Looking for comfort food with a sophisticated twist? Pitt Cue has graduated from its first location in Soho as it serves up barbecue to impress in its new Central London restaurant.
Pitt Cue is one of the first London restaurants I fell in love with. Years before I spent my money on travel, I would take days off work to get to know my new home city, and during one of these jaunts, I stumbled across the original Pitt Cue Co (as it was then known) site, on the corner of Ganton and Newburgh Streets. Its tiny, squeeze-in-or-queue-outside location could fit 10 times into their current premises, standing proudly on the edge of Devonshire Square, and I wasn’t sure if this upgrade would mean a big change to the menu I’d previously fallen in love with.
The emphasis, as the name suggests, is on barbecue, and this homely style of cooking always lends itself to an aesthetic that feels a bit tougher. Where the previous outpost used to serve food up in enamel trays, I now found myself in a room reminiscent of a members club attended exclusively by people from America’s Deep South. Leather, wood and steel made the room feel more intimate, whilst wallpaper with cow’s udders on kept a light-hearted charm.
As expected, the menu has changed but only in so much that it’s much more refined; this may be barbecue, but Pitt Cue has worked hard to shrug off any comparisons to faux-Americana chains such as Bodeans or The Diner. The starters were the perfect example of this, using cuts and ingredients that only an independent restaurant could produce confidently. The blood cake was a tangy, rich slab of black pudding which could have been cut with a butter knife, it was that delicate. The simple smoked beef on toast was the closest thing to the ‘pulled’ meat we all associate with barbecue joints, but smoking it meant it didn’t need lashing of bbq sauce to give it flavour.
See what else I’ve been eating on my Food Instagram Stories highlight!
There’s a huge range of meats served in various cuts, and although I was tempted by the Mangelitza pork (a meat I tried in a salami form in Hungary – it’s country of origin), we went for a rump to share. We asked for it medium-rare, the way our incredibly attentive waitress recommended, but it was definitely much more on the rare side. It was a beautiful cut, if a little fatty, but being slightly pinker than I would’ve liked, it wasn’t really the highlight for me.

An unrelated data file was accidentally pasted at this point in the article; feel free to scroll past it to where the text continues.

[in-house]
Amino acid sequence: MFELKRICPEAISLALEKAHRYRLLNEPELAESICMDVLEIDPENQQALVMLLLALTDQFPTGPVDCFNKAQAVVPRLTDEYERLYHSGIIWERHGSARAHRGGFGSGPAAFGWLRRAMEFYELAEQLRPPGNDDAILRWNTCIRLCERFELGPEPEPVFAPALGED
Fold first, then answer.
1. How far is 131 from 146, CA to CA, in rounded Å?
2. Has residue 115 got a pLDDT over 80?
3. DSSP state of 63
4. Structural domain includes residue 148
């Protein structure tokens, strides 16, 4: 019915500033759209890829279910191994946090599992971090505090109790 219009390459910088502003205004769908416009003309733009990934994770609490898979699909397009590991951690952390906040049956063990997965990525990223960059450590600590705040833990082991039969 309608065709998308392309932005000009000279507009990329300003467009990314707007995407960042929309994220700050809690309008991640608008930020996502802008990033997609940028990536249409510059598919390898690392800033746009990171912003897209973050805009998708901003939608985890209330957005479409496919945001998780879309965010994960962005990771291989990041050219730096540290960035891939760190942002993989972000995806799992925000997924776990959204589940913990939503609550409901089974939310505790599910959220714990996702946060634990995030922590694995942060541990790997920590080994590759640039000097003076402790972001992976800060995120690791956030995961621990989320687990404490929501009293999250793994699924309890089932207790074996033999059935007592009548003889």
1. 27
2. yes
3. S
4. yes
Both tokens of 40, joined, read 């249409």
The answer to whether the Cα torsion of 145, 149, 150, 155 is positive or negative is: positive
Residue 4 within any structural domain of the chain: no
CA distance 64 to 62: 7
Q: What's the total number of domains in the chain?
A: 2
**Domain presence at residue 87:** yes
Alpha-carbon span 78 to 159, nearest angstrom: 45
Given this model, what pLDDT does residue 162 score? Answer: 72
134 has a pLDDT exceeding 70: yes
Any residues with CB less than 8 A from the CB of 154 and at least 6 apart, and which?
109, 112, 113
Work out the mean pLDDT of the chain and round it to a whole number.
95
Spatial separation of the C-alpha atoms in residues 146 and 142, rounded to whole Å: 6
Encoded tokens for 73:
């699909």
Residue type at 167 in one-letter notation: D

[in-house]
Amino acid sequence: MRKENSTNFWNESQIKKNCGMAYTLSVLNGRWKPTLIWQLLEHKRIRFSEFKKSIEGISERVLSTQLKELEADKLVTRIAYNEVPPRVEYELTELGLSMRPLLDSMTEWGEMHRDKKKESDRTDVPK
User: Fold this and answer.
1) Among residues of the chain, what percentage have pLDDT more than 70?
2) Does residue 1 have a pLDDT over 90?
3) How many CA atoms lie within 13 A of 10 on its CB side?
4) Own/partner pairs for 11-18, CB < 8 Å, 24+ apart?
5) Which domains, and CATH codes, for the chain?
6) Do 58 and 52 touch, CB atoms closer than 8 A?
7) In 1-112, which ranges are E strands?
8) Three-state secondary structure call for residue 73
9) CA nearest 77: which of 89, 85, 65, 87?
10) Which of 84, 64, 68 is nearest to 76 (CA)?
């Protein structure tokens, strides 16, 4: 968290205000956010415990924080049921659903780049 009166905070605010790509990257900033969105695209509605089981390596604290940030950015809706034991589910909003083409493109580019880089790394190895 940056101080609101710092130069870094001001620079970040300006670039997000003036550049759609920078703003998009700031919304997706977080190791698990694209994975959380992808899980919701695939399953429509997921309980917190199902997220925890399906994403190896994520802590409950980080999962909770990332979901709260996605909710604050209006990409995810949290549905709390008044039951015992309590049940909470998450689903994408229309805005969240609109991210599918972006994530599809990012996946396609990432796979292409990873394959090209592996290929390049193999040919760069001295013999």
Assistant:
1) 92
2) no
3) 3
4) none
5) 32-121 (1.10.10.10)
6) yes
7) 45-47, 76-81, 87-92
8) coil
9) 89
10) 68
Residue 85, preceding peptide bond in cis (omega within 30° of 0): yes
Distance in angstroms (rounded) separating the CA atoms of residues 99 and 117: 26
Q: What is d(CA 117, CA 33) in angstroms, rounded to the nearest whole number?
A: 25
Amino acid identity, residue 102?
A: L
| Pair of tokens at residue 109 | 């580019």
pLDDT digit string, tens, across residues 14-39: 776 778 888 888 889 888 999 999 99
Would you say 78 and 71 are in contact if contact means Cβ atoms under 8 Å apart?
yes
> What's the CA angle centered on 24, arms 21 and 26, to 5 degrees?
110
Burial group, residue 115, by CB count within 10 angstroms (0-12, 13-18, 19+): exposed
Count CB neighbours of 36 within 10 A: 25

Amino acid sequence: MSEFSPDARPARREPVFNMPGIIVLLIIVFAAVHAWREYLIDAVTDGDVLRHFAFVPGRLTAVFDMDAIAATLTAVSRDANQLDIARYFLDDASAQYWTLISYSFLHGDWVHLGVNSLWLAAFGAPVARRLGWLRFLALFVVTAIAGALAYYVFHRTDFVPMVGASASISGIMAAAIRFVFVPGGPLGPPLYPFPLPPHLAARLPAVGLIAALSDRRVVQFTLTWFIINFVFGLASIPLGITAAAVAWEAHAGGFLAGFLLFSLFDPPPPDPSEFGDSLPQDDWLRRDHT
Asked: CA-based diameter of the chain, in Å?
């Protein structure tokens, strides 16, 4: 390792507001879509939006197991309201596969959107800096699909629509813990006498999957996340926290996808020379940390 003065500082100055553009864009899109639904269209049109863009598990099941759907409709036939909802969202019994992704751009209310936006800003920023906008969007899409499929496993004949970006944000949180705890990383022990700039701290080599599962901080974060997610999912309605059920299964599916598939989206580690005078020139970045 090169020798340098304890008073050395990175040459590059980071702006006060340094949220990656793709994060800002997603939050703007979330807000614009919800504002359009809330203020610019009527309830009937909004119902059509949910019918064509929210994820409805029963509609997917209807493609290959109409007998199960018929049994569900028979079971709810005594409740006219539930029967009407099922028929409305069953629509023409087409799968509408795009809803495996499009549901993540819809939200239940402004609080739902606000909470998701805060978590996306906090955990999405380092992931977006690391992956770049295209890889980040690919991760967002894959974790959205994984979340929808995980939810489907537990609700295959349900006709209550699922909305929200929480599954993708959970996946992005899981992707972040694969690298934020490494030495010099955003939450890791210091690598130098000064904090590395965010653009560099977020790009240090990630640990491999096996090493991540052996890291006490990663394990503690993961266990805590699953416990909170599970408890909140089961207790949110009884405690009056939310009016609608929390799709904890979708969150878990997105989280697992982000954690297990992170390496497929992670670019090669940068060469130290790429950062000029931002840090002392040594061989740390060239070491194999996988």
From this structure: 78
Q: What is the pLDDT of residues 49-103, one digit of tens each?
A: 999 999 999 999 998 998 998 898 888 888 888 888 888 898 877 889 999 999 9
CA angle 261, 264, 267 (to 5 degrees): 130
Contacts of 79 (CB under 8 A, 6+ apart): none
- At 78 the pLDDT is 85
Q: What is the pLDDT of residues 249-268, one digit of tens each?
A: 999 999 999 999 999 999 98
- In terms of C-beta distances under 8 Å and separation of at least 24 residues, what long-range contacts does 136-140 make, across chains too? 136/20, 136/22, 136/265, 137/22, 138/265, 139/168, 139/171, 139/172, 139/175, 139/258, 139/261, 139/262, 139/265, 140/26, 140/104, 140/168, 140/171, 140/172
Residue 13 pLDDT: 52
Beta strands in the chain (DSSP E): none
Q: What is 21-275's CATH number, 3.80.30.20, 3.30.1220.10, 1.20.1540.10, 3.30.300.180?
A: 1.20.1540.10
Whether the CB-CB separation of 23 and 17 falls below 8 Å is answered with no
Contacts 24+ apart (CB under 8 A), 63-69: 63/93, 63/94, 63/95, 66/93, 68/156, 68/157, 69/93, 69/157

To be honest, the meat was pretty much just a conduit for me to shovel more side dishes into my face. Each one was absolutely sublime, from my old favourite Pitt Cue Co dish of creamy mashed potato with bone marrow (the most obnoxious way to ingest my ultimate comfort food), to a tart green chilli slaw which freshened up the meal perfectly when I came dangerously close to getting the meat sweats. The best side dish, and something I could easily eat as a main, was the cauliflower and cheddar. Roasted and smoked, the cheese melted deep into the crevices of the cauliflower which meant every mouthful was a gamble as to how much cheddar you’d luck out with (spoiler alert: I wasn’t disappointed at any bite!).
Although we were reaching the uncomfortably full stage, the decadence of the evening took over and it seemed a shame to miss out on dessert and a cocktail to round the night off. We’d already tried a couple of great beers from the hefty drinks menu, some brewed on site and a couple of imports including an excellent gluten-free IPA which made me feel much less bloated than a standard ale.
But with a rich dessert like sticky toffee pudding, we both went for something that would help us digest a little better. The head barman recommended an amazing fruity rye bourbon for my boyfriend’s Old Fashioned, and whipped me up an espresso cocktail to give me enough energy to make it home after an incredibly indulgent and thoughtfully put together meal.
Find it at: Pitt Cue, 1 The Avenue, Devonshire Square, London EC2M 4YP
PIN IT FOR LATER